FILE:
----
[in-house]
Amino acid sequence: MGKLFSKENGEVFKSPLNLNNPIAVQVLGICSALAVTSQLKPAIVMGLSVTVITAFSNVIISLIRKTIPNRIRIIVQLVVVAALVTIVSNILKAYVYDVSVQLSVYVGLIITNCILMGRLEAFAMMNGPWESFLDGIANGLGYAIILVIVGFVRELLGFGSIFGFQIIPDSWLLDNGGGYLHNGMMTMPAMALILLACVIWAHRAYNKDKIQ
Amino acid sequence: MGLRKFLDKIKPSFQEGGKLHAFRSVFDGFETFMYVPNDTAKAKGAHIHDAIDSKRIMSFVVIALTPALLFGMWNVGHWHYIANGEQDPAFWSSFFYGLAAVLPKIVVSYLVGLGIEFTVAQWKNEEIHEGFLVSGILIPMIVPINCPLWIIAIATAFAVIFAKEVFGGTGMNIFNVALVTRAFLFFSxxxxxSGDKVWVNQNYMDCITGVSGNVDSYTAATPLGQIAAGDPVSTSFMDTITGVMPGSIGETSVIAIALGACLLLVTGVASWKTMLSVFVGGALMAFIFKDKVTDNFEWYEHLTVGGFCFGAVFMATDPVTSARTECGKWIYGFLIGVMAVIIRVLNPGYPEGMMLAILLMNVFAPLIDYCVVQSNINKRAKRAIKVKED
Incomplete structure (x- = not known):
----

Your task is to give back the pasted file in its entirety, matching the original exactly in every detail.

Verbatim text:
[in-house]
Amino acid sequence: MGKLFSKENGEVFKSPLNLNNPIAVQVLGICSALAVTSQLKPAIVMGLSVTVITAFSNVIISLIRKTIPNRIRIIVQLVVVAALVTIVSNILKAYVYDVSVQLSVYVGLIITNCILMGRLEAFAMMNGPWESFLDGIANGLGYAIILVIVGFVRELLGFGSIFGFQIIPDSWLLDNGGGYLHNGMMTMPAMALILLACVIWAHRAYNKDKIQ
Amino acid sequence: MGLRKFLDKIKPSFQEGGKLHAFRSVFDGFETFMYVPNDTAKAKGAHIHDAIDSKRIMSFVVIALTPALLFGMWNVGHWHYIANGEQDPAFWSSFFYGLAAVLPKIVVSYLVGLGIEFTVAQWKNEEIHEGFLVSGILIPMIVPINCPLWIIAIATAFAVIFAKEVFGGTGMNIFNVALVTRAFLFFSxxxxxSGDKVWVNQNYMDCITGVSGNVDSYTAATPLGQIAAGDPVSTSFMDTITGVMPGSIGETSVIAIALGACLLLVTGVASWKTMLSVFVGGALMAFIFKDKVTDNFEWYEHLTVGGFCFGAVFMATDPVTSARTECGKWIYGFLIGVMAVIIRVLNPGYPEGMMLAILLMNVFAPLIDYCVVQSNINKRAKRAIKVKED
Incomplete structure (x- = not known):